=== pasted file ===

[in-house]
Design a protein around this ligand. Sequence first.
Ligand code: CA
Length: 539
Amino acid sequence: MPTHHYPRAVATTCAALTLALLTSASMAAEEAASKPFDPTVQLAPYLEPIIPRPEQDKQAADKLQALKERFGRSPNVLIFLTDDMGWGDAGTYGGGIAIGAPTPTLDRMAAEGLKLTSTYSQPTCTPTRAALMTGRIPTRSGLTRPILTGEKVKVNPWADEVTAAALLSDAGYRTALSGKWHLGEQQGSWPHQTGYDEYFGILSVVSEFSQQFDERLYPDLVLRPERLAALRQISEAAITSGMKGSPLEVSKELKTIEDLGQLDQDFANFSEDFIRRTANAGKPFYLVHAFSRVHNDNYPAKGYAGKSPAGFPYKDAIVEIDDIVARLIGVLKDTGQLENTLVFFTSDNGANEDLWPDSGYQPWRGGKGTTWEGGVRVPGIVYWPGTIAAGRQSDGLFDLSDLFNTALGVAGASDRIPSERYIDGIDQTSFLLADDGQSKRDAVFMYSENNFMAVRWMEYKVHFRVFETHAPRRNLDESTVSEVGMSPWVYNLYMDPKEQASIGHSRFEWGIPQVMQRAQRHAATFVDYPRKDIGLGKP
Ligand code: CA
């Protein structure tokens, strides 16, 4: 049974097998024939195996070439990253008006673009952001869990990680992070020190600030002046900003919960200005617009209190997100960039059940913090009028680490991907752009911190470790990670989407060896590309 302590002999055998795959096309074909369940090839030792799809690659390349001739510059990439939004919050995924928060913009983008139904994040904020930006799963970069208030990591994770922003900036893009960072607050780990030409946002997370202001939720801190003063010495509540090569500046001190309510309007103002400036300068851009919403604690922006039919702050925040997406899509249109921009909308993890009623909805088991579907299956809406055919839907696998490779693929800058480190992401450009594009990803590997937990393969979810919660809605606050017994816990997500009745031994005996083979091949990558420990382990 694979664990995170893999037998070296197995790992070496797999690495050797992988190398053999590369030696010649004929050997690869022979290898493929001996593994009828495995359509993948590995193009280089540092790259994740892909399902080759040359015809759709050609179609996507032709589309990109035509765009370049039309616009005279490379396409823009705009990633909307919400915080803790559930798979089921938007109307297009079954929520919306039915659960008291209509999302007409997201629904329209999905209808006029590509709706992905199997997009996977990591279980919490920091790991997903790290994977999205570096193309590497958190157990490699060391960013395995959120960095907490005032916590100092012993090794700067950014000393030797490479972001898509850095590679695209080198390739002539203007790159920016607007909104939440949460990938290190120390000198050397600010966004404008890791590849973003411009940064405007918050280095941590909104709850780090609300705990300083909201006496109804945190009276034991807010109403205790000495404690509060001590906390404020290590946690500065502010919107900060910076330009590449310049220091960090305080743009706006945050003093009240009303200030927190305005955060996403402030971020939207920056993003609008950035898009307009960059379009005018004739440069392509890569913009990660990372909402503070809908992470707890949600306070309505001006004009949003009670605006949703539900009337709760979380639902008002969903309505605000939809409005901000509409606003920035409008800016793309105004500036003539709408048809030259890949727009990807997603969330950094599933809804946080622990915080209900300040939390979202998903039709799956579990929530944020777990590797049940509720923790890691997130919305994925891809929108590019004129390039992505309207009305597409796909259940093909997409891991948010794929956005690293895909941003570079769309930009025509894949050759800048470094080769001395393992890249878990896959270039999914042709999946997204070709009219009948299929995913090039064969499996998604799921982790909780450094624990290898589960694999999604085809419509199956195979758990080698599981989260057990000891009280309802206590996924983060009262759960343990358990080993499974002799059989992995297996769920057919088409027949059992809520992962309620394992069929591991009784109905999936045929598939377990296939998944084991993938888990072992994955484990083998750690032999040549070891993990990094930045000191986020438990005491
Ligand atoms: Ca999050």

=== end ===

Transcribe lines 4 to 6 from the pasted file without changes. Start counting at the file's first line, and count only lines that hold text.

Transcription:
Length: 539
Amino acid sequence: MPTHHYPRAVATTCAALTLALLTSASMAAEEAASKPFDPTVQLAPYLEPIIPRPEQDKQAADKLQALKERFGRSPNVLIFLTDDMGWGDAGTYGGGIAIGAPTPTLDRMAAEGLKLTSTYSQPTCTPTRAALMTGRIPTRSGLTRPILTGEKVKVNPWADEVTAAALLSDAGYRTALSGKWHLGEQQGSWPHQTGYDEYFGILSVVSEFSQQFDERLYPDLVLRPERLAALRQISEAAITSGMKGSPLEVSKELKTIEDLGQLDQDFANFSEDFIRRTANAGKPFYLVHAFSRVHNDNYPAKGYAGKSPAGFPYKDAIVEIDDIVARLIGVLKDTGQLENTLVFFTSDNGANEDLWPDSGYQPWRGGKGTTWEGGVRVPGIVYWPGTIAAGRQSDGLFDLSDLFNTALGVAGASDRIPSERYIDGIDQTSFLLADDGQSKRDAVFMYSENNFMAVRWMEYKVHFRVFETHAPRRNLDESTVSEVGMSPWVYNLYMDPKEQASIGHSRFEWGIPQVMQRAQRHAATFVDYPRKDIGLGKP
Ligand code: CA